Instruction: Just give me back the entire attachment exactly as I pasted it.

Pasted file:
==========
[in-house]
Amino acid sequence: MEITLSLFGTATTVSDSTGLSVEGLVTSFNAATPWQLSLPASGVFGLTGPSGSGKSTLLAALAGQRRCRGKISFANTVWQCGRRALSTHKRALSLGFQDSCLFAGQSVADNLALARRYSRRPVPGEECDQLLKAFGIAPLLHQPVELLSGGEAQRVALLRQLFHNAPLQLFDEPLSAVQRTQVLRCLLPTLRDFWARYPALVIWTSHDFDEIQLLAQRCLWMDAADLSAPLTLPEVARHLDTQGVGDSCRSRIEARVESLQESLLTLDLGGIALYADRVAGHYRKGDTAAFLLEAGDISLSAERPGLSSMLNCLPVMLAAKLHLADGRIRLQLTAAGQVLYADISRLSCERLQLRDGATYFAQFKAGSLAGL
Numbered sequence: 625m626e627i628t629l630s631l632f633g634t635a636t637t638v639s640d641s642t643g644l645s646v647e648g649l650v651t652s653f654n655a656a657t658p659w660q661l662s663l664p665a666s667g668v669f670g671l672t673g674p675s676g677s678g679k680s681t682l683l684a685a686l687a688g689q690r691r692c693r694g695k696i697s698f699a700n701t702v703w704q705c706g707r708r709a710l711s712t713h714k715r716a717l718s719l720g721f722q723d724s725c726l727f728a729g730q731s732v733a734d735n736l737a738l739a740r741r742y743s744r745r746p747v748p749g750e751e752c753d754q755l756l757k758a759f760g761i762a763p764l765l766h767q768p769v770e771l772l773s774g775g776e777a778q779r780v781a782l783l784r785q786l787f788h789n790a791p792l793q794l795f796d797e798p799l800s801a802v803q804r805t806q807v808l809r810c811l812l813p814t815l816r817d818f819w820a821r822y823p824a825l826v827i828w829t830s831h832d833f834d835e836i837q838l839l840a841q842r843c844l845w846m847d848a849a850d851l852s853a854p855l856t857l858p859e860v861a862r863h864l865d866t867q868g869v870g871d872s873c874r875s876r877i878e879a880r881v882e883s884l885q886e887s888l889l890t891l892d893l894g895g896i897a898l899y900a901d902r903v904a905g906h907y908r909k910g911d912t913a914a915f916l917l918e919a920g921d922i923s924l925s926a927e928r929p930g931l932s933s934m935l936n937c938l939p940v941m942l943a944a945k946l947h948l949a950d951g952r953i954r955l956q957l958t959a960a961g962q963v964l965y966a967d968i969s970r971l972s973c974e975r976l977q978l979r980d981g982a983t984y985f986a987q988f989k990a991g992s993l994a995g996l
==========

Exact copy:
[in-house]
Amino acid sequence: MEITLSLFGTATTVSDSTGLSVEGLVTSFNAATPWQLSLPASGVFGLTGPSGSGKSTLLAALAGQRRCRGKISFANTVWQCGRRALSTHKRALSLGFQDSCLFAGQSVADNLALARRYSRRPVPGEECDQLLKAFGIAPLLHQPVELLSGGEAQRVALLRQLFHNAPLQLFDEPLSAVQRTQVLRCLLPTLRDFWARYPALVIWTSHDFDEIQLLAQRCLWMDAADLSAPLTLPEVARHLDTQGVGDSCRSRIEARVESLQESLLTLDLGGIALYADRVAGHYRKGDTAAFLLEAGDISLSAERPGLSSMLNCLPVMLAAKLHLADGRIRLQLTAAGQVLYADISRLSCERLQLRDGATYFAQFKAGSLAGL
Numbered sequence: 625m626e627i628t629l630s631l632f633g634t635a636t637t638v639s640d641s642t643g644l645s646v647e648g649l650v651t652s653f654n655a656a657t658p659w660q661l662s663l664p665a666s667g668v669f670g671l672t673g674p675s676g677s678g679k680s681t682l683l684a685a686l687a688g689q690r691r692c693r694g695k696i697s698f699a700n701t702v703w704q705c706g707r708r709a710l711s712t713h714k715r716a717l718s719l720g721f722q723d724s725c726l727f728a729g730q731s732v733a734d735n736l737a738l739a740r741r742y743s744r745r746p747v748p749g750e751e752c753d754q755l756l757k758a759f760g761i762a763p764l765l766h767q768p769v770e771l772l773s774g775g776e777a778q779r780v781a782l783l784r785q786l787f788h789n790a791p792l793q794l795f796d797e798p799l800s801a802v803q804r805t806q807v808l809r810c811l812l813p814t815l816r817d818f819w820a821r822y823p824a825l826v827i828w829t830s831h832d833f834d835e836i837q838l839l840a841q842r843c844l845w846m847d848a849a850d851l852s853a854p855l856t857l858p859e860v861a862r863h864l865d866t867q868g869v870g871d872s873c874r875s876r877i878e879a880r881v882e883s884l885q886e887s888l889l890t891l892d893l894g895g896i897a898l899y900a901d902r903v904a905g906h907y908r909k910g911d912t913a914a915f916l917l918e919a920g921d922i923s924l925s926a927e928r929p930g931l932s933s934m935l936n937c938l939p940v941m942l943a944a945k946l947h948l949a950d951g952r953i954r955l956q957l958t959a960a961g962q963v964l965y966a967d968i969s970r971l972s973c974e975r976l977q978l979r980d981g982a983t984y985f986a987q988f989k990a991g992s993l994a995g996l